When we set up Social Life ten years ago our intention was to understand the social impacts of change in the built environment on residents and on local communities. We wanted to understand how change affects on our perceptions of place, our sense of belonging, of safety and neighbourliness, on wellbeing, social capital and local social relationships - as well as the consequences for inequality and life chances and opportunities.
From our work on social sustainability and social value we’ve developed a model of post-occupancy (and mid-scheme) evaluation that centres on residents' lived experience. We’ve been doing this for ten years and this is now a tried and tested approach. We know it can give regeneration teams, planners, developers, architects and designers, community organisations and engagement teams insight into the detail of the impact of change on daily life. And we’ve seen how plans and strategies have changed to deliver better outcomes on the basis of our work.
We’re building a growing body of evidence about what regeneration means for residents in four London council estates going through regeneration: the Aylesbury Estate in Southwark, Grahame Park in Barnet, the South Acton Estate in Ealing and Woodberry Down in Hackney.
We started working in these four estates almost ten years ago. We’ve carried out two social impact assessments on the Aylesbury Estate, three in South Acton with a fourth starting in October, and various projects in Woodberry Down and Grahame Park (we’re just finalising social impact assessments that we started earlier this year in both places).
We’ve documented the impact of regeneration, of demolition and rebuilding, as older council estates are incrementally rebuilt at greater density with higher proportions of private ownership. We’ve seen the consequent change in local populations, in incomes and life experiences, as more affluent residents move into private homes. And how, in parallel, more vulnerable and disadvantaged residents have moved into temporary accommodation in blocks waiting to be demolished. We’ve witnessed the impact on community relationships as longstanding networks and friendships are disrupted by change.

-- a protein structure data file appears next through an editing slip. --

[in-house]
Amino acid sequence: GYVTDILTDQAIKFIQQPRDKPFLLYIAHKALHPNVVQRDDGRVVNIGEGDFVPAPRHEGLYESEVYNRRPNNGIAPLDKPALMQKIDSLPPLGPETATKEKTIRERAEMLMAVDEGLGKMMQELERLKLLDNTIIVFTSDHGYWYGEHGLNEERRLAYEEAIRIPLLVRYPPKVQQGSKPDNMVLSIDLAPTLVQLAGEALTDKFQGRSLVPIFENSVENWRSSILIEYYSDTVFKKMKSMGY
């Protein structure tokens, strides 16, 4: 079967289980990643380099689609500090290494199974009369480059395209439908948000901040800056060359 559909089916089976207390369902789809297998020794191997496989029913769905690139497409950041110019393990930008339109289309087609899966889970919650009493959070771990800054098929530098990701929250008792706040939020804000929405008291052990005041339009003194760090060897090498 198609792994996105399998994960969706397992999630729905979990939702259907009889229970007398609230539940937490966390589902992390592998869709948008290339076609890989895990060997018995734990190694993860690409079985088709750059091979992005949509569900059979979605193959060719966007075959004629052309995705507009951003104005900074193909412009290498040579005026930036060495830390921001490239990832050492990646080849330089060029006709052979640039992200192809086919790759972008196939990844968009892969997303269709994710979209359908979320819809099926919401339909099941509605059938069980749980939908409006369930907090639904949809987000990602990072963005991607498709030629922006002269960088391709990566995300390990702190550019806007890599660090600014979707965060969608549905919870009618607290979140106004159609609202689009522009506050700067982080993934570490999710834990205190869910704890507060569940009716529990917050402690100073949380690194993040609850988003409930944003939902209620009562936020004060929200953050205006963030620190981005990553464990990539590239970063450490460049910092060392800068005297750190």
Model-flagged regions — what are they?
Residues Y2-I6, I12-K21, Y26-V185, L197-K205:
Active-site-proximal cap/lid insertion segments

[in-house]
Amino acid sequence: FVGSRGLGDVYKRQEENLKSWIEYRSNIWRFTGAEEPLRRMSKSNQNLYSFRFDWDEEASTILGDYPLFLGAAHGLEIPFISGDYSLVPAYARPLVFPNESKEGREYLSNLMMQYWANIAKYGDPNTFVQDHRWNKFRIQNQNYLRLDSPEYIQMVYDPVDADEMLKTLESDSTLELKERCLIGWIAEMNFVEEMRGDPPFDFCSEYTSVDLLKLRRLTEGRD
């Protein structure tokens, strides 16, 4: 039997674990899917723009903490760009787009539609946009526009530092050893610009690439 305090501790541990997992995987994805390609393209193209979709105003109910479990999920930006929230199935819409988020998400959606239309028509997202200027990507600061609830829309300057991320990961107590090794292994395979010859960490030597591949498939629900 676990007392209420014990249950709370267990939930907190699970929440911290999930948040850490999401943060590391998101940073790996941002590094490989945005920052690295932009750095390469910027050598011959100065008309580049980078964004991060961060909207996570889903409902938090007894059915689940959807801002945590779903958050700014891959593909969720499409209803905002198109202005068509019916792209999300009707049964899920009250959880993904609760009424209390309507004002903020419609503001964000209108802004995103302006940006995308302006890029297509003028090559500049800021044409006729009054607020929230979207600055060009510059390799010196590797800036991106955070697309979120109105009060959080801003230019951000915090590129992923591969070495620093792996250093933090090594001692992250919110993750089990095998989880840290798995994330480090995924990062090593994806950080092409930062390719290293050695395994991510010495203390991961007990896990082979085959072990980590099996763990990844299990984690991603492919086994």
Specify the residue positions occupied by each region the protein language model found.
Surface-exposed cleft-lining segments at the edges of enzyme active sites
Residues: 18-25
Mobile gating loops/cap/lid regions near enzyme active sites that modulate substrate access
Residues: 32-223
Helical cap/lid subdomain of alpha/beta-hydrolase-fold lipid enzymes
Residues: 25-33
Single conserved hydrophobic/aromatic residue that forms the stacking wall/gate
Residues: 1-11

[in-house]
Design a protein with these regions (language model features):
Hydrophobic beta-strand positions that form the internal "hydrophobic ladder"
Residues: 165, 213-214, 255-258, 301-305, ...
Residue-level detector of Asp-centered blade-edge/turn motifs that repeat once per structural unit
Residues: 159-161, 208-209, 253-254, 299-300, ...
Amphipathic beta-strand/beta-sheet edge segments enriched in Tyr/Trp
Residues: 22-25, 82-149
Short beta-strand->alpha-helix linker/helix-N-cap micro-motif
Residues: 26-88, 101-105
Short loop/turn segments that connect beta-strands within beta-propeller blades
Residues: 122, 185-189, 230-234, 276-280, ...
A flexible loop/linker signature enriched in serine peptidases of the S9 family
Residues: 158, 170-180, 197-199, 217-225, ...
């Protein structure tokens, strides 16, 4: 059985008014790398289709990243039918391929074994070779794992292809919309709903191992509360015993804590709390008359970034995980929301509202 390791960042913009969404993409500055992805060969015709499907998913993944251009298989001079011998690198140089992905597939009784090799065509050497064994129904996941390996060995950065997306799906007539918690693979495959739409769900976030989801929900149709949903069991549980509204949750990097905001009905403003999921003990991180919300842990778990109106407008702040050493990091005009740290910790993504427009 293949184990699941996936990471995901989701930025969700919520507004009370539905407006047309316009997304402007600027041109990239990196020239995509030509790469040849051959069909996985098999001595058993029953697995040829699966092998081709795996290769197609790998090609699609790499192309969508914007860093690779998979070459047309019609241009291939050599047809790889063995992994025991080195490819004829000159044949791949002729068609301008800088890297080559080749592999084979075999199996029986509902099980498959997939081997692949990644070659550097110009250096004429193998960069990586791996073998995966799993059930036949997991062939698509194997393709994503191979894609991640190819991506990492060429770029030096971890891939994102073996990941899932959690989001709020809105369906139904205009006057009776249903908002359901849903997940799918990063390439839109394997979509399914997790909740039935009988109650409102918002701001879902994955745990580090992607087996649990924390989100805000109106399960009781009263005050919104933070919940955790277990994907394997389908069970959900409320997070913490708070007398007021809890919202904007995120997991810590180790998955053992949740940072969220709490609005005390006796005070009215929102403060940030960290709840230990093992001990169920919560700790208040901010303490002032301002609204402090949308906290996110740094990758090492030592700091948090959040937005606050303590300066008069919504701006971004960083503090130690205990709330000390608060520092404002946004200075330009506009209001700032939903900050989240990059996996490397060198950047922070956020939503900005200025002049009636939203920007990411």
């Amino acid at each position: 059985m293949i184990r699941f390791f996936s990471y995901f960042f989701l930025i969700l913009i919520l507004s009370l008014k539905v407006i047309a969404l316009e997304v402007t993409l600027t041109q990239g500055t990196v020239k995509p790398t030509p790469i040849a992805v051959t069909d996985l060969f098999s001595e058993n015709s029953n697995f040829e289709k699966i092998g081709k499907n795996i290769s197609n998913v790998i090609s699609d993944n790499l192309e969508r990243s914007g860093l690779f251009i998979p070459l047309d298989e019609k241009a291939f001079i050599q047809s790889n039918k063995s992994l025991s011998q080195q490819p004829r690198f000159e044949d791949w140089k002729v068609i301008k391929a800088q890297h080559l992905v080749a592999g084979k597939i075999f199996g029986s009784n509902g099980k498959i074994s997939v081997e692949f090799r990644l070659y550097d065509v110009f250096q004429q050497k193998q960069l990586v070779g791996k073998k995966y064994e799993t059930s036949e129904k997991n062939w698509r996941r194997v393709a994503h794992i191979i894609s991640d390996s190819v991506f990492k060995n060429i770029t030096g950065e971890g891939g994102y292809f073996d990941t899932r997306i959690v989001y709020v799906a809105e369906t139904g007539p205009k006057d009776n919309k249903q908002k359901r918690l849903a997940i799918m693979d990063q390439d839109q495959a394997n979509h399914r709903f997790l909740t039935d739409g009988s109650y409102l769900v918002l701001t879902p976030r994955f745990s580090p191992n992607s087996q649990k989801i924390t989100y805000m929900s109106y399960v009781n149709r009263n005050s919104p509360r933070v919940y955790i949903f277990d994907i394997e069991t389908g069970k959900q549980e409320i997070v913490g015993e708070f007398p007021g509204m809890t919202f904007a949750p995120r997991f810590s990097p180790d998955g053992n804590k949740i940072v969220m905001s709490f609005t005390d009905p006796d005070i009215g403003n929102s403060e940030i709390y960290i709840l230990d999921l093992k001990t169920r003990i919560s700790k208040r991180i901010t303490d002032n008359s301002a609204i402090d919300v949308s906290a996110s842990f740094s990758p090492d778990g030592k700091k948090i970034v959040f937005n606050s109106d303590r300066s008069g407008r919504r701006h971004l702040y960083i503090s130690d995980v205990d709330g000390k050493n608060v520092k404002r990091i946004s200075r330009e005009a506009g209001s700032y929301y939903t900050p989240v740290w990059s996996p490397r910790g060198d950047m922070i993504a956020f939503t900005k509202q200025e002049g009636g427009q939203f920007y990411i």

The social sustainability framework that underpins our work grew out of a commission from the Homes and Communities Agency (now Homes England). We have evolved the framework to be more flexible and sensitive to resident opinion, codesigning indicators with agencies and communities. We've used it on high streets and for new developments as well as big regeneration schemes. We want to use it more at the start of major regeneration schemes, so we can work with design teams and planners to shape their work. We have seen too often the problems that happen when this sort of thinking is left to the later stages.
This is a form of post occupancy evaluation that centres on social value and residents lived experience. With new policy and political interest in house building in new towns and town extensions – and the possibility of a radical change in approach after the next election – we need to understand better what works for community and individual wellbeing when we build new homes at scale. This was the key question when we set up Social Life in 2011 and continues to be at the centre our work.